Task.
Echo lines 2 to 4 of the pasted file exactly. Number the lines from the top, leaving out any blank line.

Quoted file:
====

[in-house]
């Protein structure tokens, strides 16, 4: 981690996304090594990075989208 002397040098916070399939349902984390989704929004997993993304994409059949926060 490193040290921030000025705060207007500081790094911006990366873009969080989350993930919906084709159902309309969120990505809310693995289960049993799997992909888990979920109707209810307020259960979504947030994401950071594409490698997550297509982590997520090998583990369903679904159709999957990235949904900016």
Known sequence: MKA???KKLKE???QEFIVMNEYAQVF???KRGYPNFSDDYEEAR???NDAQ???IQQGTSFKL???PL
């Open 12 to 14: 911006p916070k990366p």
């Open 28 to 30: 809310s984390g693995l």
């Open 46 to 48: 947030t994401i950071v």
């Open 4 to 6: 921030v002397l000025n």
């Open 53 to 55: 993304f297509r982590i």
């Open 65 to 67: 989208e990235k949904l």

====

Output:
């Protein structure tokens, strides 16, 4: 981690996304090594990075989208 002397040098916070399939349902984390989704929004997993993304994409059949926060 490193040290921030000025705060207007500081790094911006990366873009969080989350993930919906084709159902309309969120990505809310693995289960049993799997992909888990979920109707209810307020259960979504947030994401950071594409490698997550297509982590997520090998583990369903679904159709999957990235949904900016």
Known sequence: MKA???KKLKE???QEFIVMNEYAQVF???KRGYPNFSDDYEEAR???NDAQ???IQQGTSFKL???PL
């Open 12 to 14: 911006p916070k990366p």